“My reaction to receiving this award was pure excitement. I was so thrilled to open the email from (Art Department chair) Leigh (Gillam) with the news. I remember being in first year and hearing about this bursary and just thinking to myself, ‘wow it would be so neat to receive that award one day,’ and here we are. It still feels very surreal,” says Ms. Conn, of Seguin Township, ON, who is entering her fifth year at StFX this fall and completing a women’s and gender studies major with a studio art minor.
She has taken a number of art courses over the years, including drawing, materials and methods, introduction to colour, art history, stained glass, and introduction to painting.
“Receiving this award is a great honour. I have loved art my whole life and it is such a good feeling to be recognized by other local artists,” she says.
“Growing up, my grandparents, who just so happened to be my next door neighbours, had a craft room in their house with any art supply you could ever need. Being encouraged to create whatever I wanted from a young age definitely just inspired my love for art. I continue to create art because I genuinely enjoy it. Now, most of my art becomes gifts for friends and family. The appreciation and joy they have when they receive my art is what keeps me going and inspired.”
“My art knowledge and art making skills have improved significantly as a result of studying at StFX and I am thrilled that my progress is acknowledged by this award,” says Ken Matheson, who retired and moved to Georgeville, NS three years ago. Although this is his first year at StFX, he had some transfer credits, so has completed his second year of an honours BA in philosophy and art. He says after he graduates from StFX, he intends to pursue a MFA degree.
“My first reaction was to excitedly tell my husband, and he broadcasted the news to our family and friends. My second reaction was to thank my art professors for being great teachers, for what they taught me and for their help and guidance this year,” he says.
“My husband and I are both interested in art. We’ve been collecting for more than 30 years. Our collection comprises paintings, drawings, sculptures and photographs from twentieth century modernists and contemporary artists. About 10 years ago, I was inspired to start making art. I took some drawing and painting classes at the Winnipeg Art Gallery Studio and at the Toronto School of Art and I’ve been a hobbyist painter since then. When I decided to get a degree from StFX, I included studio art and art history because I wanted to improve my art making practice.”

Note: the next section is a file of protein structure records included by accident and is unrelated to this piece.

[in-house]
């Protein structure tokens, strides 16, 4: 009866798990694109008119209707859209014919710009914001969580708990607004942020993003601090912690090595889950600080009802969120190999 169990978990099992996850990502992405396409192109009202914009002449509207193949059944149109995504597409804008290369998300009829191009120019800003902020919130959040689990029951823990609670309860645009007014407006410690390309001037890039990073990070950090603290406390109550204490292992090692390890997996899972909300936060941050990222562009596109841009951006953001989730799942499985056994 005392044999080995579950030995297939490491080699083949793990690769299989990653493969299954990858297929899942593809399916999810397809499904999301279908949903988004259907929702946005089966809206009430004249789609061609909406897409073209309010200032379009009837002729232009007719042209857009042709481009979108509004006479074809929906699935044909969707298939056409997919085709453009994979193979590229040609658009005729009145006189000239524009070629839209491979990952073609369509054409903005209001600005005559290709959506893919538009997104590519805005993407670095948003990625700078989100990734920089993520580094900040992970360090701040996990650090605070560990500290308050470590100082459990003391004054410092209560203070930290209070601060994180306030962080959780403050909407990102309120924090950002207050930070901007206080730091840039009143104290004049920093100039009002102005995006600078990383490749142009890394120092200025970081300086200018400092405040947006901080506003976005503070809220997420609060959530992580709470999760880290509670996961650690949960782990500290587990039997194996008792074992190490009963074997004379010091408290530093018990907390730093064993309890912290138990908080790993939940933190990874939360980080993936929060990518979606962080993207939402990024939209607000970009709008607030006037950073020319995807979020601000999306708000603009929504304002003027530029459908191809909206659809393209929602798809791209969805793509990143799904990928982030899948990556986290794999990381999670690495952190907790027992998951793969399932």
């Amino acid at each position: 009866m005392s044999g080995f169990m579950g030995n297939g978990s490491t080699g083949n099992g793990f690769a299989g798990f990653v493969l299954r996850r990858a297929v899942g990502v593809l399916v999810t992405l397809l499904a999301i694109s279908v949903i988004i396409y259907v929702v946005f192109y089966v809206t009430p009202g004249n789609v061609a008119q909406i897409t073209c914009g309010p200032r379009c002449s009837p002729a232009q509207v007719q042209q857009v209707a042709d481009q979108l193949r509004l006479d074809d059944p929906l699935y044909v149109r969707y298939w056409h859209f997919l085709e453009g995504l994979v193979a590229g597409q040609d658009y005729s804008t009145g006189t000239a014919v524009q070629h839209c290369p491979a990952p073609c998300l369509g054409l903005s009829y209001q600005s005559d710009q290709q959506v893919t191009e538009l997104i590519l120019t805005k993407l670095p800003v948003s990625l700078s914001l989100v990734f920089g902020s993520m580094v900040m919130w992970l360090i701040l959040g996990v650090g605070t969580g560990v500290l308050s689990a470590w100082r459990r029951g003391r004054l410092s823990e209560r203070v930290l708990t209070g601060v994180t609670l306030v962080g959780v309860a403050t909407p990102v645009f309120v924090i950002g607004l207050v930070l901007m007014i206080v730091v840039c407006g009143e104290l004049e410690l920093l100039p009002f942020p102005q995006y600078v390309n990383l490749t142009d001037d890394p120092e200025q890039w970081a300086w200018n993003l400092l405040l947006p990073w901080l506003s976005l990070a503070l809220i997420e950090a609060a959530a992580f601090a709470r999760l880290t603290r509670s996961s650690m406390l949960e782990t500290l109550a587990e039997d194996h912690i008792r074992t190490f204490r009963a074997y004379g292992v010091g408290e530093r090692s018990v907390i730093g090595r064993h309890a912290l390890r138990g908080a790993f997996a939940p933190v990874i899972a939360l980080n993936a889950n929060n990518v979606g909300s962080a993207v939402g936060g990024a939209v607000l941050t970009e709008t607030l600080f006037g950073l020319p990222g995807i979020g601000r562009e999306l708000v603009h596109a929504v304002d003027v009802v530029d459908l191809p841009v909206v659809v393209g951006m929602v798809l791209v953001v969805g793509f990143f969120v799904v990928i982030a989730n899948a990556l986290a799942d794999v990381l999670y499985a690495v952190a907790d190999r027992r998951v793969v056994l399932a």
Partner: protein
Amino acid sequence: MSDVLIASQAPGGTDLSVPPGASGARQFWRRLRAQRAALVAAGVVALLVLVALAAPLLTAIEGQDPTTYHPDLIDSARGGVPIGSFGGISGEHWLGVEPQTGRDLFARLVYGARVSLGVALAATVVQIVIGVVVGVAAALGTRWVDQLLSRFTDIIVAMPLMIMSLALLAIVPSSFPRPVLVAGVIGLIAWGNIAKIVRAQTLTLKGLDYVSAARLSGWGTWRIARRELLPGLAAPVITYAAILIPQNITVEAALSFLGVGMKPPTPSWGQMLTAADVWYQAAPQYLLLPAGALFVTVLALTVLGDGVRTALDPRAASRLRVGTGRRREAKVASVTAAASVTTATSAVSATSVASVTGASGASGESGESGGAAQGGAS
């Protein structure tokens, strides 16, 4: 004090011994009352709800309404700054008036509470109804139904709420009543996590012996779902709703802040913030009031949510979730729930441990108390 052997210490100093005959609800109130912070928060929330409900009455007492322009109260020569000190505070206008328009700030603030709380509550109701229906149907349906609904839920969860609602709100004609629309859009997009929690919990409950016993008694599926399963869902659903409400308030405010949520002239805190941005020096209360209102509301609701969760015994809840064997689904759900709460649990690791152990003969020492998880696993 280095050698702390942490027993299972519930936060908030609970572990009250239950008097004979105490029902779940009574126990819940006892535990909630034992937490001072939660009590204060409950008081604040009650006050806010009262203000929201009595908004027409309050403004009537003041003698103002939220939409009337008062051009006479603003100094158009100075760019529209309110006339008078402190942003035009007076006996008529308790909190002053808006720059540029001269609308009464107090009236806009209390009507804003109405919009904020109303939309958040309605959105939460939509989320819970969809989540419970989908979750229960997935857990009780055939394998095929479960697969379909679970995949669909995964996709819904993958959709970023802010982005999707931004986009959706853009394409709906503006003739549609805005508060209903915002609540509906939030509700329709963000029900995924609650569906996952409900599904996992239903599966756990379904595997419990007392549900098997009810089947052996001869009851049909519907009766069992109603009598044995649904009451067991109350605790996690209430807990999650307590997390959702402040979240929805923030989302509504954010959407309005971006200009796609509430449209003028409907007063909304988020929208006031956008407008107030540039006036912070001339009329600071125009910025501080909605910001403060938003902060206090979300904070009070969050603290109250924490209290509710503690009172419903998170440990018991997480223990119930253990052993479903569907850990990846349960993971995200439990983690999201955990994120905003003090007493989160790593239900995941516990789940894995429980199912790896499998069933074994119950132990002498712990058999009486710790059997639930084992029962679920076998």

This year, he took introduction to drawing, introduction to painting, materials and methods, introduction to colour theory, and art history.
MEANS A LOT
Wankunda Bwalya says he has always had an interest in art.
“I believe it’s because I find it easier to express myself through it. Not only do I believe it is a way to reach out to people without saying any literal words, but to help others understand things through art. Therefore, most of my art works have a meaning and a story to tell,” says Mr. Bwalya, who is from a small town called Kasama, located in the northern part of Zambia. He just completed his third year at StFX in the Schwartz School of Business with a major in entrepreneurship. So far, he has taken Art 101 and Art 102.
“It means a lot for me to receive this award, because coming from a country that does not really acknowledge things like this, it really gives me more confidence in myself and in what I am doing. It also means a lot because I finally got acknowledgement from my father for winning this award. I was really excited and honoured when I was told that I was one of this year’s recipients for this award. I am really grateful and appreciative for being selected.”
The Maple League of Universities is pleased to announce that the four universities in the consortium – Acadia, Mount Allison, St. Francis Xavier, and Bishop’s – have signed a Memorandum of Understanding (MOU) that encourages students to take courses, with a focus on online learning and virtual learning communities, from across the four institutions without the often burdensome administrative processes associated with transfer credits from other universities.
At the core of the inter-institutional collaboration is a shared commitment to an extraordinary undergraduate education. In the past two years, the Maple League has shared academic programming on a small scale in order to identify challenges and dismantle structural barriers that might impede inter-institutional student exchanges for both in-person and online course offerings. Under a new MOU signed on April 20, 2020, by the four university presidents, a number of logistical barriers have been resolved for students.
1. Students can transfer their grade and course code to their home institution
2. Students do not need a Letter of Permission (LOP) to take a shared course
3. Students do not need to pay additional fees or costs related to course registration
4. Students will not need to pay extra tuition for the fall and winter terms
Dr. Peter Ricketts, Chair of the Maple League of Universities and President of Acadia University, has championed quality undergraduate education on a national level in collaboration with the other presidents, Jean-Paul Boudreau (Mount Allison), Michael Goldbloom (Bishop’s), and Kevin Wamsley (St. Francis Xavier).